Me and LTD took the new knipemobile on a stupidly long journey through FIVE sets of roadworks to the far end of Cumbria where, just by Ravenglass there’s a National Trust property by the name of Muncaster Castle. Muncaster also has a fell – a pleasant nobbly ridge running towards Eskdale and Alf (That Lass Has Nicked My Pipe) Wainwright included Muncaster Fell in his treatise on the outlying fells of Lakeland.
A bit later, Muncaster Fell was recognised as a Marilyn – a hill with 150+ metres of re-ascent all around.
So, baggers got double bubble – a Wainwright Outlier AND a Marilyn. Muncaster Fell was to prove popular in baggism. (Thats the hill-type baggism, not the Lennon/Ono sort which requires an expensive hotel room in Amsterdam and a white piano.)
I bagged Muncaster Fell on 15 September 2002 in the company of Bruno the Superdawg and Mike the Editor.
And then, a few months ago (not sure when) – Muncaster Fell got surveyed and it was discovered that the top with the trig on it wasn’t the top at all. There was another top a bit over there -------> and it was a little bit higher. So a return match was required, and this was it.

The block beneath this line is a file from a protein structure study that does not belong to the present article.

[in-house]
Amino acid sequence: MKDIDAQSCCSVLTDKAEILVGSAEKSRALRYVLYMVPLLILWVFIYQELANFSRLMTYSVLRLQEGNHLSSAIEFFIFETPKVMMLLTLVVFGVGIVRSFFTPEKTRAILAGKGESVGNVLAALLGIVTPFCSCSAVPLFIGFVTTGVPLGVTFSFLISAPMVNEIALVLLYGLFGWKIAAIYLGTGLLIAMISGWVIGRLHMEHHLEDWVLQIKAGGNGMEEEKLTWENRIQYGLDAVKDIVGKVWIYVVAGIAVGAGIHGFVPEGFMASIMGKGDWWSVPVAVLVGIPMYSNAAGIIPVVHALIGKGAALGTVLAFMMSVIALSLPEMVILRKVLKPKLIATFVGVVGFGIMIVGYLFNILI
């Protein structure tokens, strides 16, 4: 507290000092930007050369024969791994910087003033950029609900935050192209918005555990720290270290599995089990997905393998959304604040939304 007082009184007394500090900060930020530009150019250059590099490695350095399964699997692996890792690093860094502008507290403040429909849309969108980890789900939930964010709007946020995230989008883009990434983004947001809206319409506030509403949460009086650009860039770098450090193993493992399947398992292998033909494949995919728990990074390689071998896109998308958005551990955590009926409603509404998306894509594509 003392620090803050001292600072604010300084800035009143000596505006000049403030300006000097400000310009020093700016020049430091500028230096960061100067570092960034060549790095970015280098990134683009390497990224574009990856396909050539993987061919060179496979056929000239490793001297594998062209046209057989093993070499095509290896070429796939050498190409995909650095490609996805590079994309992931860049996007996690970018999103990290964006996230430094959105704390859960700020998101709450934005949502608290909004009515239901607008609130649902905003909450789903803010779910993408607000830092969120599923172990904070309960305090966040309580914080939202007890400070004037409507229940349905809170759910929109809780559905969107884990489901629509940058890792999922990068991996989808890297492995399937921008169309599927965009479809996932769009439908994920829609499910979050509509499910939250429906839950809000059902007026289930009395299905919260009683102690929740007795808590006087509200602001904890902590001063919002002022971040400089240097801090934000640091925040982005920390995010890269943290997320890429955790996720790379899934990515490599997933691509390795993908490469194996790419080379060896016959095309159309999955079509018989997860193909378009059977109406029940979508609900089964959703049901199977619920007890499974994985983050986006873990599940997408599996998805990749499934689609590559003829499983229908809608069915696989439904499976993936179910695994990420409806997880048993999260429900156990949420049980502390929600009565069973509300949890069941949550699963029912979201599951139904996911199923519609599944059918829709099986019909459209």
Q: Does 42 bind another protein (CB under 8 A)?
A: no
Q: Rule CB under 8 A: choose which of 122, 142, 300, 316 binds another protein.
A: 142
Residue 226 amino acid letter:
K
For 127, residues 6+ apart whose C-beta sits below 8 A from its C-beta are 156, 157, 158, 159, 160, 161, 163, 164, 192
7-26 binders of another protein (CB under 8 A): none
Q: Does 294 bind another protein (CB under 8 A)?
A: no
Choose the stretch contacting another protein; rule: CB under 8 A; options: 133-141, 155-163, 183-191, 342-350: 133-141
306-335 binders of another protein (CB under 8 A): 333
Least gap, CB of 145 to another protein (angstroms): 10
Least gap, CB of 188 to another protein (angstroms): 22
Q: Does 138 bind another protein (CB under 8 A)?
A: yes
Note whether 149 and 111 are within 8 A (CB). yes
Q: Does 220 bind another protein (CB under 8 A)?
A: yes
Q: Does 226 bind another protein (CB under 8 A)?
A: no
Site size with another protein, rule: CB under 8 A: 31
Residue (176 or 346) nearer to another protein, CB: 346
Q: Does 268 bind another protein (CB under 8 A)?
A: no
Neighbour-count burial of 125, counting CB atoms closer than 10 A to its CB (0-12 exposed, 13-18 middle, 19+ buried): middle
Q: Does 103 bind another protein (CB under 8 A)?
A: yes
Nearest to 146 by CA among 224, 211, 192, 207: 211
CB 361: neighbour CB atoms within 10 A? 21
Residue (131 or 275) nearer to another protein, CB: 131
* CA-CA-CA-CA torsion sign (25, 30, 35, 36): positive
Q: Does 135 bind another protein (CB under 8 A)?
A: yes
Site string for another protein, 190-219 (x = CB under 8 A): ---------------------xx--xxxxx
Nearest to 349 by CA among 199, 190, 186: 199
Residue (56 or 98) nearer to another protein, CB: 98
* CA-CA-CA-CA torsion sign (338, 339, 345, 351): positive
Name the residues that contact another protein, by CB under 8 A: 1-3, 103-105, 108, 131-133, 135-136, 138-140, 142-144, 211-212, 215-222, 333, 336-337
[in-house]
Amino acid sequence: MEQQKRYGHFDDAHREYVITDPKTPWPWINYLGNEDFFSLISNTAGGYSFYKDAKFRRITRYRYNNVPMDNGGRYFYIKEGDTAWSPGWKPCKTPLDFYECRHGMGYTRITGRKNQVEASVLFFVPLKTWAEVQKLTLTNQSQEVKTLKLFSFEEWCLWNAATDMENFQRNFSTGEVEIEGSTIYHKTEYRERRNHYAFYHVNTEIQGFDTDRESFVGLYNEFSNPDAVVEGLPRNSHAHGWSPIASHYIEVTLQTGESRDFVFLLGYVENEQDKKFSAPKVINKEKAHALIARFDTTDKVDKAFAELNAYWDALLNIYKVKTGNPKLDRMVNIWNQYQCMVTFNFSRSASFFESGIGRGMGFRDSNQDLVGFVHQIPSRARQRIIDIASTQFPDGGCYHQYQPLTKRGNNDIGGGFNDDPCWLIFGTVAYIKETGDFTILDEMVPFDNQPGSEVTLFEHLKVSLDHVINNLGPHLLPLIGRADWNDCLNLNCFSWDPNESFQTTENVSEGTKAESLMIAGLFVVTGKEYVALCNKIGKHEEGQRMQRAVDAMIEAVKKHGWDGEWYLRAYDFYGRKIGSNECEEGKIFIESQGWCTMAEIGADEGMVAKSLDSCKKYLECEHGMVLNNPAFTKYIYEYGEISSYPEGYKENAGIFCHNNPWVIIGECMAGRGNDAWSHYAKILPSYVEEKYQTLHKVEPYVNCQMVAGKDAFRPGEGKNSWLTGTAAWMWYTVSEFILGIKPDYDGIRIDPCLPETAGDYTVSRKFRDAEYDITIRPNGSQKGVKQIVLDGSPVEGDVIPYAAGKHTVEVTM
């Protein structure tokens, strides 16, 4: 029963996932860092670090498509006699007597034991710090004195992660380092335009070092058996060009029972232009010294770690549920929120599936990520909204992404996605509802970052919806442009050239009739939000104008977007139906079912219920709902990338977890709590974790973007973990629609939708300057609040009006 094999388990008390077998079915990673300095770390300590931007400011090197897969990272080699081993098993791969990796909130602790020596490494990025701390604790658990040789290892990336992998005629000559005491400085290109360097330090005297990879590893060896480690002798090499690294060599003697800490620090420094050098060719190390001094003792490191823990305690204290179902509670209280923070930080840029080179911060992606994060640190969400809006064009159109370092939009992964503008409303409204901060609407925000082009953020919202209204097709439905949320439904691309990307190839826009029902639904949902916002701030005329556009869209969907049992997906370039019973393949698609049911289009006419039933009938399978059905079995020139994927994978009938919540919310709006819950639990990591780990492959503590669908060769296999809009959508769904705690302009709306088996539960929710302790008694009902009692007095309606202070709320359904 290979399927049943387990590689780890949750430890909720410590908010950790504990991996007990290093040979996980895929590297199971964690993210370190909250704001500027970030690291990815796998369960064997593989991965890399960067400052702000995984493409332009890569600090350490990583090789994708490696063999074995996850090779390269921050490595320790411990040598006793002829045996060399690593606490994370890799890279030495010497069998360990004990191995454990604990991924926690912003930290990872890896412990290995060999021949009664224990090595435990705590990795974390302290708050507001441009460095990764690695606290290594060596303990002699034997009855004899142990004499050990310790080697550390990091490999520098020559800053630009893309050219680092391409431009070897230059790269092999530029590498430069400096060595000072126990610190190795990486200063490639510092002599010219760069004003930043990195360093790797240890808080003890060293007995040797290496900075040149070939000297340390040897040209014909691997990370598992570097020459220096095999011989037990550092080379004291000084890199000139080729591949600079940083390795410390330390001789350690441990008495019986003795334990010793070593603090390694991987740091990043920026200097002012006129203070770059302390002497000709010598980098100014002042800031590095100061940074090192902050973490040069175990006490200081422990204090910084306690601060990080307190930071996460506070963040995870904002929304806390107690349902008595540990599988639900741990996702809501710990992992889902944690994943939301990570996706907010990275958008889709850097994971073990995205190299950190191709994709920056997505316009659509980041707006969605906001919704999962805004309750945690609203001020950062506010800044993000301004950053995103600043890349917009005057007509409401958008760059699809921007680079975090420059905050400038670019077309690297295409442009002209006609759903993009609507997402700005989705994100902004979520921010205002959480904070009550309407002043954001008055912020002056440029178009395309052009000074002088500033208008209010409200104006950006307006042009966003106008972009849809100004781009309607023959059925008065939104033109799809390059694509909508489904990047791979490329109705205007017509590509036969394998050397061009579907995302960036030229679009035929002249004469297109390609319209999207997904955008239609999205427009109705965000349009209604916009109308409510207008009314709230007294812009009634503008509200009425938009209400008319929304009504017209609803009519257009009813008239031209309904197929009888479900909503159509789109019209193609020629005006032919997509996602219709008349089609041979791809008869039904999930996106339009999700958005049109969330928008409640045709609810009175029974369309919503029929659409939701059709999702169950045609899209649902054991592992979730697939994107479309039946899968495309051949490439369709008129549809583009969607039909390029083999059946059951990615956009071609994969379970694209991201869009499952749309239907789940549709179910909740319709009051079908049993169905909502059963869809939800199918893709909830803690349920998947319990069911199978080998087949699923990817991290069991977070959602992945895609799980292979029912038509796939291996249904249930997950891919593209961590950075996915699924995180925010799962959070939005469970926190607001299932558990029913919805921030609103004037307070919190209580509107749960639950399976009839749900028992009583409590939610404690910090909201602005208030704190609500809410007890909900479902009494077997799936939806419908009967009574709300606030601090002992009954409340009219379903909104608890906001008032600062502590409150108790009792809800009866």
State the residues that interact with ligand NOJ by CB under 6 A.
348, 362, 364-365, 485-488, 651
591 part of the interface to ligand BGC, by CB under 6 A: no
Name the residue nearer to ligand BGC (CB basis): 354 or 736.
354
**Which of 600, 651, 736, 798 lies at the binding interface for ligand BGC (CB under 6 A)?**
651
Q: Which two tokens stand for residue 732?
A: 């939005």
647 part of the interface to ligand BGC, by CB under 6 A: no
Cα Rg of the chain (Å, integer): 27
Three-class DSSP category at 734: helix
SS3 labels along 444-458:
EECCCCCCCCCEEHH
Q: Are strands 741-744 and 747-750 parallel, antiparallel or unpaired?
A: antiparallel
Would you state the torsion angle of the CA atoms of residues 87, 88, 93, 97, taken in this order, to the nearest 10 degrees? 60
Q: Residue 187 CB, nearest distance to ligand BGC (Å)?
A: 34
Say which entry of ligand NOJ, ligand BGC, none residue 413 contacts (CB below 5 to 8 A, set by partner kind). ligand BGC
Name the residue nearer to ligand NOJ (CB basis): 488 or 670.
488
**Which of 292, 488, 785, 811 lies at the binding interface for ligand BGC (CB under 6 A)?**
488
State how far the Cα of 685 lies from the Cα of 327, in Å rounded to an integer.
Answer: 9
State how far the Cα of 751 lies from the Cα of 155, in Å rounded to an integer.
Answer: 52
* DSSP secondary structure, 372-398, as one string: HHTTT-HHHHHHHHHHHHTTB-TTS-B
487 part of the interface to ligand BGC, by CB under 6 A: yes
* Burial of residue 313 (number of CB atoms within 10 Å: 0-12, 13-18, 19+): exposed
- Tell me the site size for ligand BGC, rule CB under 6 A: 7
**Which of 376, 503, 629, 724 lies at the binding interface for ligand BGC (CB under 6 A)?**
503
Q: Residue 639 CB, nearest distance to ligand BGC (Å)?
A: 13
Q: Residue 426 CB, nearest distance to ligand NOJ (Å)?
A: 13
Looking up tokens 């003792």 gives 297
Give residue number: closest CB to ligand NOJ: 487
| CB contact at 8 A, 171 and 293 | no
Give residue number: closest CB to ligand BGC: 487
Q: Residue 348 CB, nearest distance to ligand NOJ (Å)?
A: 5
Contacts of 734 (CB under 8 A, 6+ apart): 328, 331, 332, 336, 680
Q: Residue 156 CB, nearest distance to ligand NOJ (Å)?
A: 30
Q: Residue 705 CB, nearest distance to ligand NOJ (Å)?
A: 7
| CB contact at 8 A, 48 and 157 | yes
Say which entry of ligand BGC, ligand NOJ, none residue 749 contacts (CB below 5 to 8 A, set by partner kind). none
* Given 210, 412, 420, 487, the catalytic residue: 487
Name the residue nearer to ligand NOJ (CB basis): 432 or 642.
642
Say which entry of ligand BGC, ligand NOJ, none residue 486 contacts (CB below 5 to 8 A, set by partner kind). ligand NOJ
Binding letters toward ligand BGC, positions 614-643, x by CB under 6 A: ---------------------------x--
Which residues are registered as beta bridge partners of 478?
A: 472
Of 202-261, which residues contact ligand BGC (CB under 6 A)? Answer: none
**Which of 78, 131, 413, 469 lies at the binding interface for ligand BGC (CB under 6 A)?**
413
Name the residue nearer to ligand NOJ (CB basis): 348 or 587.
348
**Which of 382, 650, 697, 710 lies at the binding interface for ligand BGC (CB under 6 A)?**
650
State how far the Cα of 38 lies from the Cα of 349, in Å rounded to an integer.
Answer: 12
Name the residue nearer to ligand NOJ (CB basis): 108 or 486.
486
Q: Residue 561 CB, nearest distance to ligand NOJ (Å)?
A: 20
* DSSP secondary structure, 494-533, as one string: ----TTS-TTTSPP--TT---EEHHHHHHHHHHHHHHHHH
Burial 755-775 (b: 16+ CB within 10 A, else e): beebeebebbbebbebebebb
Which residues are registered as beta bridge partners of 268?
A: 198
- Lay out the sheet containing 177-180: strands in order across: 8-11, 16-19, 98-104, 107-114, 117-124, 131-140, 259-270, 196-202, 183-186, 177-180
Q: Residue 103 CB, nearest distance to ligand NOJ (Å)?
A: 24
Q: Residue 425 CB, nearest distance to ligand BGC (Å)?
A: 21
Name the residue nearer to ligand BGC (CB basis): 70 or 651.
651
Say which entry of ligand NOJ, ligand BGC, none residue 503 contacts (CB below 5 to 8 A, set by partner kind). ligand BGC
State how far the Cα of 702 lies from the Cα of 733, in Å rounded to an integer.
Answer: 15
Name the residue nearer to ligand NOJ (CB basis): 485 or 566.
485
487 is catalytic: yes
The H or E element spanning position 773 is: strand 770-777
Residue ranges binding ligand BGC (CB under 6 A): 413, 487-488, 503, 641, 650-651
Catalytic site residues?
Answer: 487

We parked freely (we like parking freely) in Muncaster Castle car park and wandered up Fell Lane to the old top – that is to say, the Wainwright top at 231.4 metres. The new top looked suspiciously lower than the old top from the old top, but nevertheless we wandered over there next. The new top is 232.1 metres high – so, 0.7 metres higher than the old top. The old top looked suspiciously higher than the new top from the new top, so I ate a cornish pasty and a whisper bar (other choccy bars are available).
And then , having satisfied both the inner man AND the Gods of Baggerdom, we wandered further over just about anything that was sticking up – just in case.
Finally, we bagged the rather lovely Tump, Silver Knott at 176 metres. And this is where me and LTD dozed off in the warm sun for about half an hour. This was quite nice. Napping on a summit is very pleasant. Until one day, you wake up and it’s gone dark, which is probably not all that nice, really.
Our return walk was by bridleways which run along the Southern edge of Muncaster Fell. Not many people know this, but there’s a golf course along here and there’s a sign encouraging walkers, cyclists and stamp collectors alike to pop in for a cuppa.
We journeyed back to Knipetowers by a slightly quicker route involving the M6 and only two sets of roadworks, saving 15 minutes which is sufficient time for a nice cup of tea.
This is far too far for this kind of thing. I meantersay, five hours driving and a seven mile walk. Its madness. Madness…. Madness… They call it Madness..